Tax Exemption towards Partial Fund Withdrawal
As per the current rules, one can withdraw the funds accumulated in the NPS account partially only for meeting specified expenses. Such withdrawals are limited to a maximum limit of 25% of his/ her contribution to the Tier-1 NPS account.
Tax exemption is also available in respect of such partial fund withdrawal under section 10(12B) of the Income Tax Act 1961.
Tax Exemption towards Commuting Fund Corpus on Retirement
The NPS subscribers can avail tax exemption under section 10(12A) of the Income Tax Act 1961 in respect of 60% of the NPS corpus, which can be withdrawn at the time of retirement without any tax liability. Further, utilization of the balance corpus to purchase an annuity is also considered tax-exempt. However, the annuity income received from such annuity is taxable when such annuity is received.
Changes in the Tax Benefits under the New Tax Regime
The Finance Act 2020 has provided an optional tax regime under section 115BAC for the taxpayers, wherein they can opt for lower tax rates after foregoing specific exemptions/ deductions/ tax benefits as mentioned therein. The list of tax benefits required to be foregone amongst others includes the benefits under Chapter VI-A of the Income Tax Act 1961 including in respect of employee contribution to NPS and voluntary contribution to NPS under section 80C and 80CCD, however benefit under section 80CCD(2) shall continue to be available. If the taxpayer does not opt for the new tax regime, he/ she can continue to avail of all the tax benefits, as discussed above subject to the relevant provisions.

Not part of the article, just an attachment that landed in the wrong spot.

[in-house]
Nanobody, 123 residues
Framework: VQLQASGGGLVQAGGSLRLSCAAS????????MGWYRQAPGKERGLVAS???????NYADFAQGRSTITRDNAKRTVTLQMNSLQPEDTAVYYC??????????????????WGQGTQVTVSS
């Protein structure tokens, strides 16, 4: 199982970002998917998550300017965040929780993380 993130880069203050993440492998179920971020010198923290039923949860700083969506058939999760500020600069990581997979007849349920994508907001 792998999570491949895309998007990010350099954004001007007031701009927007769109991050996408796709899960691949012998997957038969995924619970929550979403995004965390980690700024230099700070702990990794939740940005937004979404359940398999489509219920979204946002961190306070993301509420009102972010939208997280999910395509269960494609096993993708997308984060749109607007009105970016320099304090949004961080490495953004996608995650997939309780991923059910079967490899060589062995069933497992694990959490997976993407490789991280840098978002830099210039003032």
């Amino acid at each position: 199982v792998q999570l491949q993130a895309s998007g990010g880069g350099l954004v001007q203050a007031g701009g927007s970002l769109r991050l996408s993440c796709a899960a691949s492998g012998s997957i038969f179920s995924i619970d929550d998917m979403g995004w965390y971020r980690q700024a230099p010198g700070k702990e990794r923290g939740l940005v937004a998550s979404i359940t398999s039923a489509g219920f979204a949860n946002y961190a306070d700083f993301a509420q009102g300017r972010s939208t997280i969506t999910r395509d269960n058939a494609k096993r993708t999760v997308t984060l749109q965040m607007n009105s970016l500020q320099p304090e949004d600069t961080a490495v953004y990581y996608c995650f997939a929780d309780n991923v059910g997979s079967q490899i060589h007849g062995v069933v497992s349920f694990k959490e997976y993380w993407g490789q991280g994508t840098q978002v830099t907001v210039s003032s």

How to invest in NPS online?
There are different CRAs (Central Recordkeeping Agencies) allowed to maintain NPS accounts, including NSDL, KFintech, etc. One can open an account directly through such CRAs through their website. If Aadhaar is linked with the mobile number, one can generate a PRAN (Permanent Retirement Account Number) online through Aadhaar. Alternatively, one can visit the official Points of Presence (POPs) to open an NPS account, which can include the eligible bank branches etc. Once subscribers open the NPS account, they can visit the website of the CRA, register an online account through PRAN validation, and make the online payment.
With several tax benefits as outlined above, one can consider investing in NPS in pursuance of his/ her retirement goals.
Note: The tax provisions mentioned herein are very brief, not exhaustive and are as per the Finance Act 2020 The information is provided for general information only. This is not a tax advice. UTI AMC shall not be responsible in any manner for the information provided. Each subscriber is strongly advised to consult his or her or their own tax advisors with respect to the tax and other implications arising out of his or her participation in the NPS/prior to making any transaction/decision.